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In recent years the concept of data independence has become something of a Holy Grail. Effective e-business requires different applications in separate organisations to integrate for the exchange of data

It's not a matter of if XML will overtake EDI as the preferred data exchange medium for B2B transactions, but when.

Roger Frauman, who ran Unix International in this region in the early 1990s, was something of a zealot when it came to open systems. The common perception then was that open systems offered application portability and machine independence. Roger's view was that it would give users true ownership of their data and freedom from hardware and software vendor lock in.

At the time all most users wanted was cost-effective computing. In recent years the concept of data independence has become something of a Holy Grail. Effective e-business requires different applications in separate organisations to integrate for the exchange of data. This requires some mechanism that can identify the meaning of data regardless of the application in which it is based.

The great hope in this area is XML, an evolving standard that provides rules for defining data in Web documents. An XML document packages the data so it can be accessed by anything from a spreadsheet to an accounts receivable application. Nevertheless, the concept is still embryonic. Worldwide sales of XML products and services only accounted for $90 million in 1999.

EDI has been the preferred method businesses have utilised to exchange data. However, this has been fairly expensive and difficult to implement, requiring significant investments in hardware and hefty per-transaction fees. Perhaps not surprisingly a study by Zona Research in the US highlights a growing trend to convert EDI systems to XML. Of the 72 per cent of respondents using EDI seven out of eight plan to convert EDI to XML at some point in time.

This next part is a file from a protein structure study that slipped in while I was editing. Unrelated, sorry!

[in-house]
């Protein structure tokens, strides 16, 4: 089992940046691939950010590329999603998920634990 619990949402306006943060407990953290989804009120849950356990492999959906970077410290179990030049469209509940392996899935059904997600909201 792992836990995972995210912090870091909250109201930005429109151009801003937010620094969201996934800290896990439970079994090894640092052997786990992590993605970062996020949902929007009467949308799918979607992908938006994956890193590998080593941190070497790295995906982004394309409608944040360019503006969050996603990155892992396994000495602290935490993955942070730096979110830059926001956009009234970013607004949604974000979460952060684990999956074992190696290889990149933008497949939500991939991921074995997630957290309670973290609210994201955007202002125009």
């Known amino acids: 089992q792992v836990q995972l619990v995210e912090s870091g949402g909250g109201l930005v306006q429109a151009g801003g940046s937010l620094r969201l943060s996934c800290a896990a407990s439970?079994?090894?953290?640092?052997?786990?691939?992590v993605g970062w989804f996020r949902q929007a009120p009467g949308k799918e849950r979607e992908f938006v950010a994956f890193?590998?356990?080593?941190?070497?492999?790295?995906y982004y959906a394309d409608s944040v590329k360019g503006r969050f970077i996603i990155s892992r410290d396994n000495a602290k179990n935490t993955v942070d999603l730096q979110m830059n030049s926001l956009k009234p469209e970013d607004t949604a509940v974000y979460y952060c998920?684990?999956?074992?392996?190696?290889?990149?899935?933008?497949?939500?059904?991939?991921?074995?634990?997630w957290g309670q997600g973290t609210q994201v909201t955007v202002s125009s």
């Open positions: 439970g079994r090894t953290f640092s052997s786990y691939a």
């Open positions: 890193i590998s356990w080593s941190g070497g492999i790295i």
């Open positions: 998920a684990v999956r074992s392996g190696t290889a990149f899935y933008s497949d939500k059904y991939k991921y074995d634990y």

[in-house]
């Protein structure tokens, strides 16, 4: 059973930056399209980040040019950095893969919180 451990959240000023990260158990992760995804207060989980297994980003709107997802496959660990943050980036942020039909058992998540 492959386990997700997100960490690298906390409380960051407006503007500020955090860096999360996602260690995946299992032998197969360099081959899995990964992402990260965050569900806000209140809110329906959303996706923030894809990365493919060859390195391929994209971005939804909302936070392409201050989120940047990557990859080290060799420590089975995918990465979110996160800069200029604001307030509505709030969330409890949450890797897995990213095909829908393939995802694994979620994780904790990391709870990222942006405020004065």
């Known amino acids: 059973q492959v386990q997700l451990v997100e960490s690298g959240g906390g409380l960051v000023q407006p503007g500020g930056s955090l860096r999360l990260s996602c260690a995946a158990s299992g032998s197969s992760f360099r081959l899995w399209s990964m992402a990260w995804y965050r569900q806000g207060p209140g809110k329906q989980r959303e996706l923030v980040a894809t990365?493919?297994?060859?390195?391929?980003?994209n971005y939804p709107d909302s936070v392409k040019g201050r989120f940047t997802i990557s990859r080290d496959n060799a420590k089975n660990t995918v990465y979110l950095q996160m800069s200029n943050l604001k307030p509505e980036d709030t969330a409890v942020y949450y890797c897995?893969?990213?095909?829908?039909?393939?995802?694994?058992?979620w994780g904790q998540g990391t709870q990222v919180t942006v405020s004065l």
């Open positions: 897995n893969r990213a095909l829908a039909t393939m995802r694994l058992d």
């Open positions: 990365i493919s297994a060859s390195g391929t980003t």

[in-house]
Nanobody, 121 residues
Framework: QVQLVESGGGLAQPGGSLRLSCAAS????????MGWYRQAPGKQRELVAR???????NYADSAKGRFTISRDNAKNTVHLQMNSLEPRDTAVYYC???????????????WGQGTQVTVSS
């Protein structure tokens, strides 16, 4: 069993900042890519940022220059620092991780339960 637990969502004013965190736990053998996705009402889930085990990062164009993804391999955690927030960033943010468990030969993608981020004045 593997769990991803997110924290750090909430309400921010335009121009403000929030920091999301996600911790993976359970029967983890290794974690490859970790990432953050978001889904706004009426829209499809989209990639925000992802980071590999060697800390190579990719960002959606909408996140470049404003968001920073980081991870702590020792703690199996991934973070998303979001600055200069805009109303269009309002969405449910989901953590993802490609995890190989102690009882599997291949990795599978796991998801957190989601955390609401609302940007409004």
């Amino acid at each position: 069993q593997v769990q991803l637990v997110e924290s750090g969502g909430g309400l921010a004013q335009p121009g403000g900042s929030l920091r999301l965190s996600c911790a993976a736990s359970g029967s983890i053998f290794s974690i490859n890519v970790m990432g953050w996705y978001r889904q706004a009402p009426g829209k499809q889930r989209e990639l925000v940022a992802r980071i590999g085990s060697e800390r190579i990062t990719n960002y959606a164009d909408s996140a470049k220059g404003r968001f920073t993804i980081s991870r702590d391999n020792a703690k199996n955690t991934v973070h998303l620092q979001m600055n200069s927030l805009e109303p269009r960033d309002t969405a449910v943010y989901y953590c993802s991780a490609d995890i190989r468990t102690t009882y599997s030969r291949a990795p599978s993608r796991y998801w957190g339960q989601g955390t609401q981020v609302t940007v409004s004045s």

The same research identified the primary reasons organisations planned to use XML. The dominant reason given was "search"; that is, XML allows a user to get to data that may previously have been out of bounds. Moreover, XML allows searches across structured data in databases and unstructured data that may be contained in documents. The next most important benefit CIOs saw in XML was that once converted into XML, data was readily accessible by other applications. The final benefit was that CIOs believed XML speeded up application development because it eliminates the coding required to handle complex data conversions. This is particularly important in the e-business arena where data might be gathered from multiple disparate applications.

These advantages are clearly attracting CIOs. Research by CIO (US) last year identified a significant uptake in XML usage. However the market is still very small, especially in this part of the world. It is clear that many organisations are reluctant to use a standard that is still being refined. The challenge seems to be that there are a mass of competing organisations, most with their own agendas, who are engaged in this refinement process for XML.

For those of us who remember the Unix debates between OSF and UI this does have an element of dA©jA  vu. Still, I suspect XML, even if it is not the Holy Grail, will take us a good way towards true open systems envisaged by Roger all those years ago.

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